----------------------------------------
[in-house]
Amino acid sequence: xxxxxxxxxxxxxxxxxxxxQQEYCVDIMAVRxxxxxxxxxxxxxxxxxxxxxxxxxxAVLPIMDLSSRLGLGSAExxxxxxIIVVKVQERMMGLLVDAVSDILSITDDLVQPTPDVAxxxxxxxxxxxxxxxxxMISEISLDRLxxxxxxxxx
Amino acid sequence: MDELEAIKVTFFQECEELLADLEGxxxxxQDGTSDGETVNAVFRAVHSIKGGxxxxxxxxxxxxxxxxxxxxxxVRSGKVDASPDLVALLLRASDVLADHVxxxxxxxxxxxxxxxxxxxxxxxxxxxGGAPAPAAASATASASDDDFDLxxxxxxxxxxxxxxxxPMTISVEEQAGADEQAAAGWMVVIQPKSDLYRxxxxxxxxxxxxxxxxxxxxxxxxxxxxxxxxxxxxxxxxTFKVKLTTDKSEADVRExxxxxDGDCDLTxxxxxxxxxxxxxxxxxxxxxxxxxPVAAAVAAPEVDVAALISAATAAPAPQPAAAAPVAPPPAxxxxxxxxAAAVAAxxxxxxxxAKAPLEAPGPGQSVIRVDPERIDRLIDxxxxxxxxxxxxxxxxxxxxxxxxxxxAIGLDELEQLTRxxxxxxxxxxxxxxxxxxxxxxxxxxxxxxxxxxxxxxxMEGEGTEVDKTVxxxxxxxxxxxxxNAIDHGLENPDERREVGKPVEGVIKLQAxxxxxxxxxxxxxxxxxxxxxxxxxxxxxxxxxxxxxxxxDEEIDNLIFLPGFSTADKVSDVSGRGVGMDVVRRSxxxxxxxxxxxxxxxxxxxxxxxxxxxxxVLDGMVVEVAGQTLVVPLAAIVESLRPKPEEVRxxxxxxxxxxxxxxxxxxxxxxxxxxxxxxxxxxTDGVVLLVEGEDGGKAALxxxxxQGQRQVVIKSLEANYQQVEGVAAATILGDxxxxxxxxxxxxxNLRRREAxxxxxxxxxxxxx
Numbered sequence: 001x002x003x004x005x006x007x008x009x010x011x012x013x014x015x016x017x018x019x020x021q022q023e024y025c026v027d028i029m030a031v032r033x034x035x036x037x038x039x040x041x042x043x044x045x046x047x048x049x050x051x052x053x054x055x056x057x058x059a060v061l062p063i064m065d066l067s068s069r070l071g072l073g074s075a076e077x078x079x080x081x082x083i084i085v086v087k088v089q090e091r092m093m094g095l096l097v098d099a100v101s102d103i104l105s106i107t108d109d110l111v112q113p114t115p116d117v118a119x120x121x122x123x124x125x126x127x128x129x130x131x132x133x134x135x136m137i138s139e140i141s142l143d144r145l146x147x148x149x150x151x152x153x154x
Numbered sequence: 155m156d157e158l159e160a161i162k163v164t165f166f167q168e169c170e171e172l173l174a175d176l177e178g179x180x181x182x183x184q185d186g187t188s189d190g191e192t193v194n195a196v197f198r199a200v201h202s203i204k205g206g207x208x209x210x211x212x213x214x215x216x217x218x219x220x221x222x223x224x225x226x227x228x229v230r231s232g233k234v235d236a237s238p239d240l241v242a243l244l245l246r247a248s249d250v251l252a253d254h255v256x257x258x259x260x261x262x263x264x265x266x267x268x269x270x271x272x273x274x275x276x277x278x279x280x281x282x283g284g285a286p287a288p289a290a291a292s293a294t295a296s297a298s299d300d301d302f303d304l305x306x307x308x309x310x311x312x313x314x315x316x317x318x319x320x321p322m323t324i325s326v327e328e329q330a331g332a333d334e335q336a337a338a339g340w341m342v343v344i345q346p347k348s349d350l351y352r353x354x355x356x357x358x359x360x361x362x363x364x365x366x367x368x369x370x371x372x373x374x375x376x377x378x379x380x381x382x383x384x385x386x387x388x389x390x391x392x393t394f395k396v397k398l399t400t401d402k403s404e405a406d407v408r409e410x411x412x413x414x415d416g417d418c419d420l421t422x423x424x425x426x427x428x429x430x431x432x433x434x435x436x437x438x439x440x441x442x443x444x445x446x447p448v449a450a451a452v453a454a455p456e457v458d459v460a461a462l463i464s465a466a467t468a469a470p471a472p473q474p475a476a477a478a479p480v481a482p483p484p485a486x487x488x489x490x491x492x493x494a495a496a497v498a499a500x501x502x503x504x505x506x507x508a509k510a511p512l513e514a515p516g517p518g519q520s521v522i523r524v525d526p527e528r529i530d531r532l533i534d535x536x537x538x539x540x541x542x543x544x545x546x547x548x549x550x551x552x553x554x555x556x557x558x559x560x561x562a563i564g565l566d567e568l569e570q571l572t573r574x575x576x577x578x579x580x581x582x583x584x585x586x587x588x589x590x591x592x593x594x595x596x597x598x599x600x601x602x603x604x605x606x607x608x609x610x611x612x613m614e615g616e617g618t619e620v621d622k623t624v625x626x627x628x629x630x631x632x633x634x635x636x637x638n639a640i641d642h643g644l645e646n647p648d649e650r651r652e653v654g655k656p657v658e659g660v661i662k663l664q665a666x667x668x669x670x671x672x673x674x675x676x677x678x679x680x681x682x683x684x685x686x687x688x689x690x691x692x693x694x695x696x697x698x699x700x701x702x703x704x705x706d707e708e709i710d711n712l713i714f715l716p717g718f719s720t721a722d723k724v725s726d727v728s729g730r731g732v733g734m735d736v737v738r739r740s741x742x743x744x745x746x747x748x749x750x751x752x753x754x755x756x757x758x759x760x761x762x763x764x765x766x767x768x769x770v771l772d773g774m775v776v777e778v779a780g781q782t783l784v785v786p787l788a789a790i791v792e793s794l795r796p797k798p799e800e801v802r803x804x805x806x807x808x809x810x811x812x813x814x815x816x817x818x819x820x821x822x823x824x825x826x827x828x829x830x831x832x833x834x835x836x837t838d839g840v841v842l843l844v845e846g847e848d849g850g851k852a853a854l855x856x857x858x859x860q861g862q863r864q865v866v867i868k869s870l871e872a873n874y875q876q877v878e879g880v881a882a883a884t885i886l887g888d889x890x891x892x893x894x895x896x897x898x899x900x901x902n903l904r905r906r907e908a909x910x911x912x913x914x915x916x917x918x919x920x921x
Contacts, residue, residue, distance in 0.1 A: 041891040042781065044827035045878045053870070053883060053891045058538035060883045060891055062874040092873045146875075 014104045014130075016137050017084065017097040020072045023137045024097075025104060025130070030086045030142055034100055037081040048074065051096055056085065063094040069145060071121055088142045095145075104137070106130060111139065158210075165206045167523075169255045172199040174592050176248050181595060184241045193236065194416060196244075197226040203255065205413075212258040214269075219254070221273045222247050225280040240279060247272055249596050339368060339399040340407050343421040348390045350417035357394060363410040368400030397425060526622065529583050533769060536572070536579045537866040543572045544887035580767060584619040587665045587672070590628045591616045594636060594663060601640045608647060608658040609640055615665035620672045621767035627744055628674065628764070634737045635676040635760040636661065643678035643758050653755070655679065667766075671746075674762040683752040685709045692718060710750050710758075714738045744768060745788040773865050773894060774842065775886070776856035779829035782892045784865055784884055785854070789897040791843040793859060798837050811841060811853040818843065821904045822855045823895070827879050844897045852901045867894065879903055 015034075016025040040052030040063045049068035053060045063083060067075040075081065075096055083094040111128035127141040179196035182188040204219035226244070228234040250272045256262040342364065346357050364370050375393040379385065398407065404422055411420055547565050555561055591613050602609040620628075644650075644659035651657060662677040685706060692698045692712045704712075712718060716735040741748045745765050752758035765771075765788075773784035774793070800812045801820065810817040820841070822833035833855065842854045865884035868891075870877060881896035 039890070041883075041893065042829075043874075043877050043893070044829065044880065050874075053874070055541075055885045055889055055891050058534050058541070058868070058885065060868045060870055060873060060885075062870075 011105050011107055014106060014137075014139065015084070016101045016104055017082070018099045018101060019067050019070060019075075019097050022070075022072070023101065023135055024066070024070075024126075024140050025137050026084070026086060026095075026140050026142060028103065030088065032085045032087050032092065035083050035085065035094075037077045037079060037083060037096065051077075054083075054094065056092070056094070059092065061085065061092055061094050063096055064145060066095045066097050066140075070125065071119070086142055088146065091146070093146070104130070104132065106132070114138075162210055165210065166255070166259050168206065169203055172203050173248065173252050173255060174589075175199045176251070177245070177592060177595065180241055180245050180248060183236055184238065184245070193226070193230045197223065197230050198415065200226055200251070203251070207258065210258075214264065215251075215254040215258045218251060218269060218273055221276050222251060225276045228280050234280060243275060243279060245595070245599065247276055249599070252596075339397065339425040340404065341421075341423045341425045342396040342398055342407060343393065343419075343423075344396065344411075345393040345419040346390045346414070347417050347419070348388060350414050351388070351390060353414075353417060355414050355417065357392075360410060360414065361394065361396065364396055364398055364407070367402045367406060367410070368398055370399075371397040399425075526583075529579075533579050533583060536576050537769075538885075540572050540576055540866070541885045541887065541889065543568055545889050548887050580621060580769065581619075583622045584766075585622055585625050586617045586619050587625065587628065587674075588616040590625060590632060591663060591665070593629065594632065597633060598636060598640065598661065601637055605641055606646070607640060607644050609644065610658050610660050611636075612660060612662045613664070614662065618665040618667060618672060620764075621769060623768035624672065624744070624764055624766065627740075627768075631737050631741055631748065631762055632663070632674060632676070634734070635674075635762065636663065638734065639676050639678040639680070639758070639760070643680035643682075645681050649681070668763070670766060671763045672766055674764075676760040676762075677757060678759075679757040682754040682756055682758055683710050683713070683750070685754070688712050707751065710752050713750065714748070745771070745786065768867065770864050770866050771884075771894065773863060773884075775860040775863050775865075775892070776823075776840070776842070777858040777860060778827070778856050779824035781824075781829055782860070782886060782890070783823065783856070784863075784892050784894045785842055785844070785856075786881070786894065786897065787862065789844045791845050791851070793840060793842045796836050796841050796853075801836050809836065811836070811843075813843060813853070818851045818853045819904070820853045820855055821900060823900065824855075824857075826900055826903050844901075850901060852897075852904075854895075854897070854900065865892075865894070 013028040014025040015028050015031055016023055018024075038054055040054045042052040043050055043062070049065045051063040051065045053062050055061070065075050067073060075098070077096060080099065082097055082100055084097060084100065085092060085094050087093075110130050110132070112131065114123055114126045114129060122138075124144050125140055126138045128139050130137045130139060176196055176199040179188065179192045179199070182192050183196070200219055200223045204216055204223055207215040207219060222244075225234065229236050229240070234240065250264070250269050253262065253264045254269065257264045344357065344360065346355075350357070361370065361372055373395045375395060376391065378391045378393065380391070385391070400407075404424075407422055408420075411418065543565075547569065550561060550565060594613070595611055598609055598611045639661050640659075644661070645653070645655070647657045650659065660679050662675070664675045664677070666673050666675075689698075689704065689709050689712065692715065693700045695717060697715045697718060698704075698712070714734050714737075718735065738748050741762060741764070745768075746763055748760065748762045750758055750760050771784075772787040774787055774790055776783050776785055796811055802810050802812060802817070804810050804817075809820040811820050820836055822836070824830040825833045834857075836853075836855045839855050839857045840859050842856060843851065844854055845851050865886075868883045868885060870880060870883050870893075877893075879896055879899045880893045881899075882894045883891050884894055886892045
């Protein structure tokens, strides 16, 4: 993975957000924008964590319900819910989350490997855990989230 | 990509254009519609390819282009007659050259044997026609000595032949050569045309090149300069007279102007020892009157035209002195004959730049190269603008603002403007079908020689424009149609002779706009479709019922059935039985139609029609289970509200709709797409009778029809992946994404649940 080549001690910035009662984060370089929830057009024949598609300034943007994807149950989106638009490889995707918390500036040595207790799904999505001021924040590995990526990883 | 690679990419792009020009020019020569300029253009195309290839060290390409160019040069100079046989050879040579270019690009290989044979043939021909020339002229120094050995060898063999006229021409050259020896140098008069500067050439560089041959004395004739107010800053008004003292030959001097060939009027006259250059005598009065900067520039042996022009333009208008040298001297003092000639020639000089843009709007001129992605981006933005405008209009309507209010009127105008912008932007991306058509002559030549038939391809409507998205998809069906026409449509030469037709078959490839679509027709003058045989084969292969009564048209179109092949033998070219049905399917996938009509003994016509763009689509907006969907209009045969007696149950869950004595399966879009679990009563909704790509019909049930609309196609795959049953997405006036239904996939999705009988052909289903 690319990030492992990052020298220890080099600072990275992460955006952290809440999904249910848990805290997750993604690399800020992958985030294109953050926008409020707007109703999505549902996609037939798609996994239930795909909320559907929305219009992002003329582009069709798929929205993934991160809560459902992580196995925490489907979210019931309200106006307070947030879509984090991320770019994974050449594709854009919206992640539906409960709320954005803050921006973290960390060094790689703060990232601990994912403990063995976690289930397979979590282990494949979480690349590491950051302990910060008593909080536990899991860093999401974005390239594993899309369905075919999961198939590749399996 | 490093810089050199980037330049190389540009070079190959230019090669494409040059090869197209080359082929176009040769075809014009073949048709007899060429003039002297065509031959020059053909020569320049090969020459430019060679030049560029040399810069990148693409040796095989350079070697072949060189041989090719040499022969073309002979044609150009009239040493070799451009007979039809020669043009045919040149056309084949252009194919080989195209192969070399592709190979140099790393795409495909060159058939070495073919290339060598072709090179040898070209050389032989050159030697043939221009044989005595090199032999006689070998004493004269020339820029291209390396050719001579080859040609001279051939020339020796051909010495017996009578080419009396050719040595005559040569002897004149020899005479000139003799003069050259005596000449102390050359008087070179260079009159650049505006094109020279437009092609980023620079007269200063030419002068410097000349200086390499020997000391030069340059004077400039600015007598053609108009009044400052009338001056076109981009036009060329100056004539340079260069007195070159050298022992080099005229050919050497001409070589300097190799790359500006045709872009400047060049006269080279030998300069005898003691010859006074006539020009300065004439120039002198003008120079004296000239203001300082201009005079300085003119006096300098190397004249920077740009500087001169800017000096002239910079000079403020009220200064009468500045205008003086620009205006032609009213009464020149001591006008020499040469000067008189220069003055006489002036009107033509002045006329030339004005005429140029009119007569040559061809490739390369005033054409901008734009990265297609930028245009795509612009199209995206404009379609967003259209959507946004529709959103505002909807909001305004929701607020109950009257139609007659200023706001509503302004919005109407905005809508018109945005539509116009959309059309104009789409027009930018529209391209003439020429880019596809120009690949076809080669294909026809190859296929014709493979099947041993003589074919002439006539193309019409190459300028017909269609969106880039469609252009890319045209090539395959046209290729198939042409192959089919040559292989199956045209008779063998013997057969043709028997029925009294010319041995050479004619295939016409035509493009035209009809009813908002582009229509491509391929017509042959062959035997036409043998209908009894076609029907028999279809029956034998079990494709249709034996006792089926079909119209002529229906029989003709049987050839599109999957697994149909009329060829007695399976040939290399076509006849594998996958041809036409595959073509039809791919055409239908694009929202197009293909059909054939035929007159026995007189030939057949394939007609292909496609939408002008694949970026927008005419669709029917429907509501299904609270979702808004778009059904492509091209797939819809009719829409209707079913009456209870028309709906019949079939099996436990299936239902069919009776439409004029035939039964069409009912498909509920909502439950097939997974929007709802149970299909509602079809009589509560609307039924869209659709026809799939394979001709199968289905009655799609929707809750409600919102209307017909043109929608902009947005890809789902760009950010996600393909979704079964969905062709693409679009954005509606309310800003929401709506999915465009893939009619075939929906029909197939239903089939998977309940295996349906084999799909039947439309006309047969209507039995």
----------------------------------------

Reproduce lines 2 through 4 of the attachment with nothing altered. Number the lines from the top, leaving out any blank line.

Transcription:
Amino acid sequence: xxxxxxxxxxxxxxxxxxxxQQEYCVDIMAVRxxxxxxxxxxxxxxxxxxxxxxxxxxAVLPIMDLSSRLGLGSAExxxxxxIIVVKVQERMMGLLVDAVSDILSITDDLVQPTPDVAxxxxxxxxxxxxxxxxxMISEISLDRLxxxxxxxxx
Amino acid sequence: MDELEAIKVTFFQECEELLADLEGxxxxxQDGTSDGETVNAVFRAVHSIKGGxxxxxxxxxxxxxxxxxxxxxxVRSGKVDASPDLVALLLRASDVLADHVxxxxxxxxxxxxxxxxxxxxxxxxxxxGGAPAPAAASATASASDDDFDLxxxxxxxxxxxxxxxxPMTISVEEQAGADEQAAAGWMVVIQPKSDLYRxxxxxxxxxxxxxxxxxxxxxxxxxxxxxxxxxxxxxxxxTFKVKLTTDKSEADVRExxxxxDGDCDLTxxxxxxxxxxxxxxxxxxxxxxxxxPVAAAVAAPEVDVAALISAATAAPAPQPAAAAPVAPPPAxxxxxxxxAAAVAAxxxxxxxxAKAPLEAPGPGQSVIRVDPERIDRLIDxxxxxxxxxxxxxxxxxxxxxxxxxxxAIGLDELEQLTRxxxxxxxxxxxxxxxxxxxxxxxxxxxxxxxxxxxxxxxMEGEGTEVDKTVxxxxxxxxxxxxxNAIDHGLENPDERREVGKPVEGVIKLQAxxxxxxxxxxxxxxxxxxxxxxxxxxxxxxxxxxxxxxxxDEEIDNLIFLPGFSTADKVSDVSGRGVGMDVVRRSxxxxxxxxxxxxxxxxxxxxxxxxxxxxxVLDGMVVEVAGQTLVVPLAAIVESLRPKPEEVRxxxxxxxxxxxxxxxxxxxxxxxxxxxxxxxxxxTDGVVLLVEGEDGGKAALxxxxxQGQRQVVIKSLEANYQQVEGVAAATILGDxxxxxxxxxxxxxNLRRREAxxxxxxxxxxxxx
Numbered sequence: 001x002x003x004x005x006x007x008x009x010x011x012x013x014x015x016x017x018x019x020x021q022q023e024y025c026v027d028i029m030a031v032r033x034x035x036x037x038x039x040x041x042x043x044x045x046x047x048x049x050x051x052x053x054x055x056x057x058x059a060v061l062p063i064m065d066l067s068s069r070l071g072l073g074s075a076e077x078x079x080x081x082x083i084i085v086v087k088v089q090e091r092m093m094g095l096l097v098d099a100v101s102d103i104l105s106i107t108d109d110l111v112q113p114t115p116d117v118a119x120x121x122x123x124x125x126x127x128x129x130x131x132x133x134x135x136m137i138s139e140i141s142l143d144r145l146x147x148x149x150x151x152x153x154x